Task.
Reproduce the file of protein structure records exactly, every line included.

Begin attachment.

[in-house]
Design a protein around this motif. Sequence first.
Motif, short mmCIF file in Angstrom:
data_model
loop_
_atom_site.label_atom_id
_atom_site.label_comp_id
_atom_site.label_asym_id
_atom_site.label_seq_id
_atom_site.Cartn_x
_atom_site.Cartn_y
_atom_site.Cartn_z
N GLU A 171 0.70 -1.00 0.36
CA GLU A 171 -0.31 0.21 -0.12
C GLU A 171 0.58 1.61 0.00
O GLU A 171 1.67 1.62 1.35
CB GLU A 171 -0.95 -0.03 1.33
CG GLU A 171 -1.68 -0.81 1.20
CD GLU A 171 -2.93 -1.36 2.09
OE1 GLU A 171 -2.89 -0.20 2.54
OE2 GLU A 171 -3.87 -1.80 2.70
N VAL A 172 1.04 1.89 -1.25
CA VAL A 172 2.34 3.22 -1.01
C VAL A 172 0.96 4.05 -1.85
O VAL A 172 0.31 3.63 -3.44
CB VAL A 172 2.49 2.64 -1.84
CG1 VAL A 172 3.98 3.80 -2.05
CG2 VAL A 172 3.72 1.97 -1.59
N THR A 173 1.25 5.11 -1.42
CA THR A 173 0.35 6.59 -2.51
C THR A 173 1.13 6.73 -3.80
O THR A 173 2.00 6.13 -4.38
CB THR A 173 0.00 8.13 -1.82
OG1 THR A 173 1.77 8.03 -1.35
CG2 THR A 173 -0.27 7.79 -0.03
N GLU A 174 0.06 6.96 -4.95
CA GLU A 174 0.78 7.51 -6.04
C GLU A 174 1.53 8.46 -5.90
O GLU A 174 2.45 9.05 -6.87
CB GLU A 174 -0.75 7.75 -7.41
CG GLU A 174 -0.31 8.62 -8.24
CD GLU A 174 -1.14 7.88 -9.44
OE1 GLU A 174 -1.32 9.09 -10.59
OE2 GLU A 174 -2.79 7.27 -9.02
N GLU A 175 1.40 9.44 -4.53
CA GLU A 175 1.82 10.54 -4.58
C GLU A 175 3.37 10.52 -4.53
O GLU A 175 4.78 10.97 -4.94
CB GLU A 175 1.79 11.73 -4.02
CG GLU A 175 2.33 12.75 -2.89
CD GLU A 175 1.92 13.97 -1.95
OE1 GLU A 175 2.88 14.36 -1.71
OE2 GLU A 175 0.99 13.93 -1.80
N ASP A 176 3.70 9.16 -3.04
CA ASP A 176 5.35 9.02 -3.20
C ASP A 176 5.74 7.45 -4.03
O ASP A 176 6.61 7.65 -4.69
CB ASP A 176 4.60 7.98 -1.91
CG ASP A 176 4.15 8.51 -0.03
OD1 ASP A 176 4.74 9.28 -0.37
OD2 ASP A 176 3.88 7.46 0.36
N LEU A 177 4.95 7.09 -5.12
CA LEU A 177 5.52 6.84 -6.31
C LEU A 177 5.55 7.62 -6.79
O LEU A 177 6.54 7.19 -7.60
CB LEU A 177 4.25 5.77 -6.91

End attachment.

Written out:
[in-house]
Design a protein around this motif. Sequence first.
Motif, short mmCIF file in Angstrom:
data_model
loop_
_atom_site.label_atom_id
_atom_site.label_comp_id
_atom_site.label_asym_id
_atom_site.label_seq_id
_atom_site.Cartn_x
_atom_site.Cartn_y
_atom_site.Cartn_z
N GLU A 171 0.70 -1.00 0.36
CA GLU A 171 -0.31 0.21 -0.12
C GLU A 171 0.58 1.61 0.00
O GLU A 171 1.67 1.62 1.35
CB GLU A 171 -0.95 -0.03 1.33
CG GLU A 171 -1.68 -0.81 1.20
CD GLU A 171 -2.93 -1.36 2.09
OE1 GLU A 171 -2.89 -0.20 2.54
OE2 GLU A 171 -3.87 -1.80 2.70
N VAL A 172 1.04 1.89 -1.25
CA VAL A 172 2.34 3.22 -1.01
C VAL A 172 0.96 4.05 -1.85
O VAL A 172 0.31 3.63 -3.44
CB VAL A 172 2.49 2.64 -1.84
CG1 VAL A 172 3.98 3.80 -2.05
CG2 VAL A 172 3.72 1.97 -1.59
N THR A 173 1.25 5.11 -1.42
CA THR A 173 0.35 6.59 -2.51
C THR A 173 1.13 6.73 -3.80
O THR A 173 2.00 6.13 -4.38
CB THR A 173 0.00 8.13 -1.82
OG1 THR A 173 1.77 8.03 -1.35
CG2 THR A 173 -0.27 7.79 -0.03
N GLU A 174 0.06 6.96 -4.95
CA GLU A 174 0.78 7.51 -6.04
C GLU A 174 1.53 8.46 -5.90
O GLU A 174 2.45 9.05 -6.87
CB GLU A 174 -0.75 7.75 -7.41
CG GLU A 174 -0.31 8.62 -8.24
CD GLU A 174 -1.14 7.88 -9.44
OE1 GLU A 174 -1.32 9.09 -10.59
OE2 GLU A 174 -2.79 7.27 -9.02
N GLU A 175 1.40 9.44 -4.53
CA GLU A 175 1.82 10.54 -4.58
C GLU A 175 3.37 10.52 -4.53
O GLU A 175 4.78 10.97 -4.94
CB GLU A 175 1.79 11.73 -4.02
CG GLU A 175 2.33 12.75 -2.89
CD GLU A 175 1.92 13.97 -1.95
OE1 GLU A 175 2.88 14.36 -1.71
OE2 GLU A 175 0.99 13.93 -1.80
N ASP A 176 3.70 9.16 -3.04
CA ASP A 176 5.35 9.02 -3.20
C ASP A 176 5.74 7.45 -4.03
O ASP A 176 6.61 7.65 -4.69
CB ASP A 176 4.60 7.98 -1.91
CG ASP A 176 4.15 8.51 -0.03
OD1 ASP A 176 4.74 9.28 -0.37
OD2 ASP A 176 3.88 7.46 0.36
N LEU A 177 4.95 7.09 -5.12
CA LEU A 177 5.52 6.84 -6.31
C LEU A 177 5.55 7.62 -6.79
O LEU A 177 6.54 7.19 -7.60
CB LEU A 177 4.25 5.77 -6.91